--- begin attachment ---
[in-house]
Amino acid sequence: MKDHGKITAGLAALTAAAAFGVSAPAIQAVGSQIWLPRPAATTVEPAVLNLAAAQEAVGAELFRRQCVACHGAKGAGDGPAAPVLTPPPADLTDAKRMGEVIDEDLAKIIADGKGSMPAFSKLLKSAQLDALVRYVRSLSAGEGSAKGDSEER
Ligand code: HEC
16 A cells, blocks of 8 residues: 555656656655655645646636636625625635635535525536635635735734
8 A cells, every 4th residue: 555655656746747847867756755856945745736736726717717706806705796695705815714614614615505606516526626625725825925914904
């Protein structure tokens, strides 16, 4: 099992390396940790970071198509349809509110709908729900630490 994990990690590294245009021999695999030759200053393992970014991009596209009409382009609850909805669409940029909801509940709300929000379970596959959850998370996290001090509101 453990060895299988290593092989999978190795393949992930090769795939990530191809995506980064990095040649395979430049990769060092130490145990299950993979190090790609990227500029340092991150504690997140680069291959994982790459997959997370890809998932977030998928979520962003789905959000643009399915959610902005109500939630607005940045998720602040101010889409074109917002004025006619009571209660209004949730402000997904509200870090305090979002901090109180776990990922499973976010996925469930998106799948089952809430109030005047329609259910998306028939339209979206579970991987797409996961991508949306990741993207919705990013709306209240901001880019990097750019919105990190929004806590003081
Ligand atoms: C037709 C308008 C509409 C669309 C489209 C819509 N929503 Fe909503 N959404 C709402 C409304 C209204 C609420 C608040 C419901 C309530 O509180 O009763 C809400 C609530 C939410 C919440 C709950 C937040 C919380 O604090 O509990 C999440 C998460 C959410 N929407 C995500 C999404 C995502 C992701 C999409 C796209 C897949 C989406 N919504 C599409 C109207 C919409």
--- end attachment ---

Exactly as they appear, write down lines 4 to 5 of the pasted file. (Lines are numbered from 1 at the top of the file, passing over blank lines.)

16 A cells, blocks of 8 residues: 555656656655655645646636636625625635635535525536635635735734
8 A cells, every 4th residue: 555655656746747847867756755856945745736736726717717706806705796695705815714614614615505606516526626625725825925914904